Glen Hansard "Rhythm and Repose"

Irish troubadour Glen Hansard offers a startling collection of intense ballads on his debut solo release

Glen Hansard has chosen a fitting title for his debut solo release. Rhythm and Repose is a big, beautiful, haunting, album, rich with emotional imagery matched by gorgeous melodies. There is a deliberate rhythm to his songs; intense episodes of introspection are offset by quiet pools of delicate production. Hansard’s vocals range from whispered passions to primal howls of pain, often accompanied by a commiserating piano, cello, and violin.

As the front man for the alternative rock quintet The Frames, Hansard could rage with the best rock singers. As one half of the duo, The Swell Season, a collaborative project with Marketa Irglova, Hansard purred with the refinement of a balladeer. His first solo album sticks with the formula he perfected with The Swell Season, minus Irglova, sort of. She appears on “What Are We Going To Do?” It’s a strange song for the ex-lovers to be performing together. Hansard rues the possibility of losing a lover, while the newly married Irglova accompanies him. A cagey Hansard admitted to the New York Times that “Marketa’s in there” concerning this album.

Most of Rhythm and Repose is a quiet affair with Hansard singing to acoustic guitar and piano. He’s a man always in search for love but finding the pursuit to be confusing and full of angst. The best songs on the album feature a larger band, lending energy to his self-examining lyrics. These include the single “Love Don’t Leave Me Waiting,” and “Talking With the Wolves” which features vocalist Hannah Cohen. Her bright addition offers contrast to his pensiveness. A percussive undertow created by piano and drums, joined by strings and an electric guitar interlude make this a highlight of the release.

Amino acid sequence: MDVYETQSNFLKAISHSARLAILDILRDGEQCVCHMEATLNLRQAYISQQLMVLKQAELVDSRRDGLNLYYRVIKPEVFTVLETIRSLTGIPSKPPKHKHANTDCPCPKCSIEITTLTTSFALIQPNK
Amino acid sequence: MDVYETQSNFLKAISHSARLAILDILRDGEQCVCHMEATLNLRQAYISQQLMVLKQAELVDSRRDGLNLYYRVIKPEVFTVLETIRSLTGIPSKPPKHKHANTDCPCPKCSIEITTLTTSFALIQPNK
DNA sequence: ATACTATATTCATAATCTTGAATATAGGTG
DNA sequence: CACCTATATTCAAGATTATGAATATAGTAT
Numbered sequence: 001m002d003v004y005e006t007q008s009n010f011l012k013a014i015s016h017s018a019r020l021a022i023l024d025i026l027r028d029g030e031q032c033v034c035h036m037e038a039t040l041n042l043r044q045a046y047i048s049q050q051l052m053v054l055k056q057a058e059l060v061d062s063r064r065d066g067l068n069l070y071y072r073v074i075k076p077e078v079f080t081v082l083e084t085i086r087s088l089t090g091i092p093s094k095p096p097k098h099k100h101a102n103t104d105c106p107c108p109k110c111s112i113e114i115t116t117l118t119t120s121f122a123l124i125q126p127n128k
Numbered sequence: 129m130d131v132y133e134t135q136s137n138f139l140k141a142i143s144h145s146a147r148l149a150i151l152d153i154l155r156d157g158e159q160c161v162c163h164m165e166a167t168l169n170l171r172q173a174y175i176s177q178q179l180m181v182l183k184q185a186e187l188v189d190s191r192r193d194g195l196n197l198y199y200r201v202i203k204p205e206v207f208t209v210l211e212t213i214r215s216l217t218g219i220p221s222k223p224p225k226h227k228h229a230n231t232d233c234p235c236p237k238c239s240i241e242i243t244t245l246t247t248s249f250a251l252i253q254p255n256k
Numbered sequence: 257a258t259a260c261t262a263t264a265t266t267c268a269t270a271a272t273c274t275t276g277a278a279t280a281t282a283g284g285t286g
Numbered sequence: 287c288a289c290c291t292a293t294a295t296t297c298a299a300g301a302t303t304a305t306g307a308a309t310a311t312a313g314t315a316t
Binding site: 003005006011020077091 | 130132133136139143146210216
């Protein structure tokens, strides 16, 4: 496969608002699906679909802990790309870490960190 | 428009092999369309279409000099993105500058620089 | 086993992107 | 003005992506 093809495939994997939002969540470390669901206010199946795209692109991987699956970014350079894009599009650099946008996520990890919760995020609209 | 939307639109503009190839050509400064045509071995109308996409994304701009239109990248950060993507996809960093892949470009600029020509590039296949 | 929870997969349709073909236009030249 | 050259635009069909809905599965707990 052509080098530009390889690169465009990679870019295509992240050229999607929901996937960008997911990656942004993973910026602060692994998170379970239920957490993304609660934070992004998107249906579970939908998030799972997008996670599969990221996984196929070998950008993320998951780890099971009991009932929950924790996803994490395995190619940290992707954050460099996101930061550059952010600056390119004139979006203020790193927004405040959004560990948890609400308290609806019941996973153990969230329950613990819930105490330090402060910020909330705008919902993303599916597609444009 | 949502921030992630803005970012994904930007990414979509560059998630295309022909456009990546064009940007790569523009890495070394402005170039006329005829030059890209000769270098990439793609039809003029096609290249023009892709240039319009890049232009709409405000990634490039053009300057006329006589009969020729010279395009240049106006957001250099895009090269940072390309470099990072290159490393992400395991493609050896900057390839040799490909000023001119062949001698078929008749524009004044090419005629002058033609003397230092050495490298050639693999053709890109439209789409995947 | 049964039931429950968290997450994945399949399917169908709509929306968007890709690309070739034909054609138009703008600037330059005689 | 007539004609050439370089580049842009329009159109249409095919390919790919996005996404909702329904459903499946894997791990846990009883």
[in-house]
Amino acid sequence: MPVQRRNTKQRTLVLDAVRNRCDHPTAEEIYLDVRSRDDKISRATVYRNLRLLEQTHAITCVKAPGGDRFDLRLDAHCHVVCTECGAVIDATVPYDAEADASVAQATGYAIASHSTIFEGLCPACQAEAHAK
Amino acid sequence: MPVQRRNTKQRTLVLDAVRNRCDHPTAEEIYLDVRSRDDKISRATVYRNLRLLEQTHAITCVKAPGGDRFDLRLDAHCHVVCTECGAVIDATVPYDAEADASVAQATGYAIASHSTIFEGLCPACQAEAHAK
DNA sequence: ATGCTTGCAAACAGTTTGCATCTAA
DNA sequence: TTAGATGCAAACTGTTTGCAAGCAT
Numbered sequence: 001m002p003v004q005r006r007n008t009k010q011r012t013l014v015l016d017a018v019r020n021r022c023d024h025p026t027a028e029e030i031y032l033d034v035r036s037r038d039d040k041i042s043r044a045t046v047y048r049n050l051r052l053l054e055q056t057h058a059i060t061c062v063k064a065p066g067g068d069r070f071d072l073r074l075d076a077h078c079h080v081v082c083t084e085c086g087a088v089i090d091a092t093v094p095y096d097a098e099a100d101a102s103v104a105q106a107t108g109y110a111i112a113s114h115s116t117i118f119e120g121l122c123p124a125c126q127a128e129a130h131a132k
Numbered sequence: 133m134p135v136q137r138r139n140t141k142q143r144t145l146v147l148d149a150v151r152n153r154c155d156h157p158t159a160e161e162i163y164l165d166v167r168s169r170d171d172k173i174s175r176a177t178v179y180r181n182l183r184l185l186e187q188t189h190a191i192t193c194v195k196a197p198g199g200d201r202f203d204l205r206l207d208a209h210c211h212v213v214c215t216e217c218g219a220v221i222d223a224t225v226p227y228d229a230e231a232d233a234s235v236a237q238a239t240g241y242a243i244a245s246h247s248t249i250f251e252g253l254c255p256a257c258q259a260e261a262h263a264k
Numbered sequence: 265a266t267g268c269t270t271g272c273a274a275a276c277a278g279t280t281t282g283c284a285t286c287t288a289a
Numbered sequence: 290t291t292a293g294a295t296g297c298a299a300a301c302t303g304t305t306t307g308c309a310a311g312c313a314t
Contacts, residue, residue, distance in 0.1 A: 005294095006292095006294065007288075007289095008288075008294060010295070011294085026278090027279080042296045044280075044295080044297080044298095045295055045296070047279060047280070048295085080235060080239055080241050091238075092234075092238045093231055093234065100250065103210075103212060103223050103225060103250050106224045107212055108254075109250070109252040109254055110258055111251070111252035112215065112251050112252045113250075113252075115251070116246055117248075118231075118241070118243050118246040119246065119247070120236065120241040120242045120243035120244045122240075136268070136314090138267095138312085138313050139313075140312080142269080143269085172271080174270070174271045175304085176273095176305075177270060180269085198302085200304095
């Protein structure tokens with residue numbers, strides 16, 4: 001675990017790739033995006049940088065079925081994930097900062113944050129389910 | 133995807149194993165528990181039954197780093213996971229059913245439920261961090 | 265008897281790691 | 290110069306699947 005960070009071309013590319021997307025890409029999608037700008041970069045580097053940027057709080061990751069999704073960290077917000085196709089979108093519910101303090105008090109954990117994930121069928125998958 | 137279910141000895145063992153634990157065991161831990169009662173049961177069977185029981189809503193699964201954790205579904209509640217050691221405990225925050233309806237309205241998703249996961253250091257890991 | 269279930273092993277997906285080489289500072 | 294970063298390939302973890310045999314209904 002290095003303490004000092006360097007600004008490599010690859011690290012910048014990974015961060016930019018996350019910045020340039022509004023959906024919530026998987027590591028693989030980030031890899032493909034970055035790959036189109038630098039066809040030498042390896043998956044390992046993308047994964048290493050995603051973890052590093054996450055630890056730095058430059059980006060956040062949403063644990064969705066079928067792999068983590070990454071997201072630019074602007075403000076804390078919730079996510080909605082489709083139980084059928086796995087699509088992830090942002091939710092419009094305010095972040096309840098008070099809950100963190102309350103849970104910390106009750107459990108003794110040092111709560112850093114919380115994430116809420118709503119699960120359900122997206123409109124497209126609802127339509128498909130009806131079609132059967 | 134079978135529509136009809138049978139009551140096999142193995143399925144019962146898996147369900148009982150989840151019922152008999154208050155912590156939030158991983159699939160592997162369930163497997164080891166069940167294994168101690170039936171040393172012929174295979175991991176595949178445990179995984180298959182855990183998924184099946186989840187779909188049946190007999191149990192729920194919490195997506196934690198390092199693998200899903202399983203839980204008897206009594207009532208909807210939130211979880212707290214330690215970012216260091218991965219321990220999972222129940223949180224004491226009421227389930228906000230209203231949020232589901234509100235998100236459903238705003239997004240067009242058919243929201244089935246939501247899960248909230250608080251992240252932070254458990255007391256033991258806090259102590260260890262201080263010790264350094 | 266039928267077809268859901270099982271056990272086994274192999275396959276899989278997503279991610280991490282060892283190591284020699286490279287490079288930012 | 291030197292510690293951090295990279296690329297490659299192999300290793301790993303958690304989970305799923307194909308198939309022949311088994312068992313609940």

Hansard has always been a master at creating poetic lyrics that warrant a reading as well as a listen. “Tethered to a bird of sorrow, a voice that’s buried in the hollow/you’ve given over to self-deceiving, you’re prostrated bowed, but not believing/you’ve squandered more than you can borrow….” No, these are not the words of a common popstar.

Rhythm and Repose is an album for quiet times. It is the kind of album you put on when you need to rest your eyes and contemplate your day. Take your time with this one but keep in mind, if you’ve recently suffered a broken heart this is going to be a very intense experience.

Rosemary Welsch (Afternoon Host)